Illegal Drugs in New Jersey – NJ Drug Lawyer – Drug Charges Attorney in NJ
“New Jersey CDS laws include charges for illegal drugs, unlawful possession, distribution and serious penalties such as jail, fines, and license suspension. Our drug defense lawyers fight to have these charges dismissed.”
If you were arrested for drug charges in New Jersey, you most likely have many questions about the specific charges you are facing, the potential penalties associated with a conviction, and what you can do to have your case dismissed, or to successfully resolve it with the least possible impact on your life. As a team of NJ drug lawyers, we are well-versed in New Jersey Controlled Dangerous Substance Laws and we have a number of highly effective strategies to beat drug charges. On this page, we will discuss a wide range of information as it pertains to criminal charges for drugs in New Jersey.
In order to understand the specific drug offense in your case, it is first important to know that New Jersey recognizes certain illegal drugs, as well as legal drugs that may be involved in illegal behavior. For example, a substance like heroin is entirely illegal under any circumstances, while a substance like Oxycontin or Oxycodone is only illegal when possessed without a valid prescription.
What is CDS?
CDS stands for controlled dangerous substance(s), or drugs. The New Jersey Drug Schedules, contained in the New Jersey Controlled Dangerous Substances Act, contain both illegal and regulated controlled dangerous substances (CDS). The schedules run from I to V and the classification of the drug in your case may become relevant when looking at the degree of the charge and your potential exposure. New Jersey’s CDS law defines “drugs” as:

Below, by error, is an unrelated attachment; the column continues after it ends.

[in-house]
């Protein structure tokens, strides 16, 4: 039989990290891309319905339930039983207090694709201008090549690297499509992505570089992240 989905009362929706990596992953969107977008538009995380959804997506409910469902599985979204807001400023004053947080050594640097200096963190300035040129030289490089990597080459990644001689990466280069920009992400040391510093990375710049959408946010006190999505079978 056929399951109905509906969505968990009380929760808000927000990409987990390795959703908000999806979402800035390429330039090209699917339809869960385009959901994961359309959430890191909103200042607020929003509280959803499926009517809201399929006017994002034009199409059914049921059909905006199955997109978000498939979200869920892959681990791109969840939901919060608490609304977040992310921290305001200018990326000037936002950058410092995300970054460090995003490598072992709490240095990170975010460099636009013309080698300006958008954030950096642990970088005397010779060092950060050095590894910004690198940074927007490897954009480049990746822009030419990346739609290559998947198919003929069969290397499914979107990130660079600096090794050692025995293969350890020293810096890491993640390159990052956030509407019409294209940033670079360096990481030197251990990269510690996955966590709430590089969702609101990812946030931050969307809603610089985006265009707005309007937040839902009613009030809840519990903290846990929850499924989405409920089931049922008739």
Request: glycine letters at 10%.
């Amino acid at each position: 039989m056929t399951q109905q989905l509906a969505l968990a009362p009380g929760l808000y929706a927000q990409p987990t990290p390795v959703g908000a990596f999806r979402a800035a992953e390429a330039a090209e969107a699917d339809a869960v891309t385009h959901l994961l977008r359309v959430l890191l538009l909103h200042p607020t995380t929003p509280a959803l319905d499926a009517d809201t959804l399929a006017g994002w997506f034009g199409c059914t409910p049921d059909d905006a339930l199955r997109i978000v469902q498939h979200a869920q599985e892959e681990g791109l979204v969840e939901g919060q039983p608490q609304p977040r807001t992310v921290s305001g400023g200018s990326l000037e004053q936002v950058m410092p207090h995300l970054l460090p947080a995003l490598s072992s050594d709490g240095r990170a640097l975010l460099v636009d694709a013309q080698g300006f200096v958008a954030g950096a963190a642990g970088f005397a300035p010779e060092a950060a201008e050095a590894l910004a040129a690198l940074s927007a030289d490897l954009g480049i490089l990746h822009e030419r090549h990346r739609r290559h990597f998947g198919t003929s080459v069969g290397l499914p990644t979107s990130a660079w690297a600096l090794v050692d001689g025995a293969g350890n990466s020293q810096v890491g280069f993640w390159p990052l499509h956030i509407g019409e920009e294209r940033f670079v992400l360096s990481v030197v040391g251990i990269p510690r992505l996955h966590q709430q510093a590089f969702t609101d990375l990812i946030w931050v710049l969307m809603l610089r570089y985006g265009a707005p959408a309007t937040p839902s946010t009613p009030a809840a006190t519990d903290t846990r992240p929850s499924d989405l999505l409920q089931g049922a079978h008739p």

- Substances recognized in the official United States Pharmacopoeia, official Homeopathic Pharmacopoeia of the United States, or official National Formulary, or any supplement to any of them; and
- Substances intended for use in the diagnosis, cure, mitigation, treatment, or prevention of disease in man or other animals; and
- Substances (other than food) intended to affect the structure or any function of the body of man or other animals; and
- Substances intended for use as a component of any article specified in subsections (a), (b), and (c) of this section; but does not include devices or their components, parts or accessories.
Depending on the specific situation, you can be charged with offenses such as possession of CDS, distribution, possession with intent to distribute, manufacturing, or dispensing. Notably, a person can also be charged with having “adulterants” or “dilutants,” which are essentially cutting agents or substances used in the production of drugs. New Jersey law defines adulterants or dilutants as “substances which are mixed or combined with a controlled dangerous substance and any medium which is used to carry a controlled dangerous substance, if the controlled dangerous substance is not readily removable from the medium.”
New Jersey Possession of CDS Statute: N.J.S.A. 2C:35-10
In New Jersey, it is illegal to possess drugs including: marijuana, heroin, cocaine, synthetic marijuana, MDMA (also known as Molly or Ecstasy), methamphetamine, and LSD (acid), to name a few. The statute that outlines the criminal offense “Possession of CDS” is found in section N.J.S.A. 2C:35-10 of the New Jersey Criminal Code. Under this law, the degree of a CDS possession offense varies based on the specific substance involved, as well as the amount of the substance in certain cases.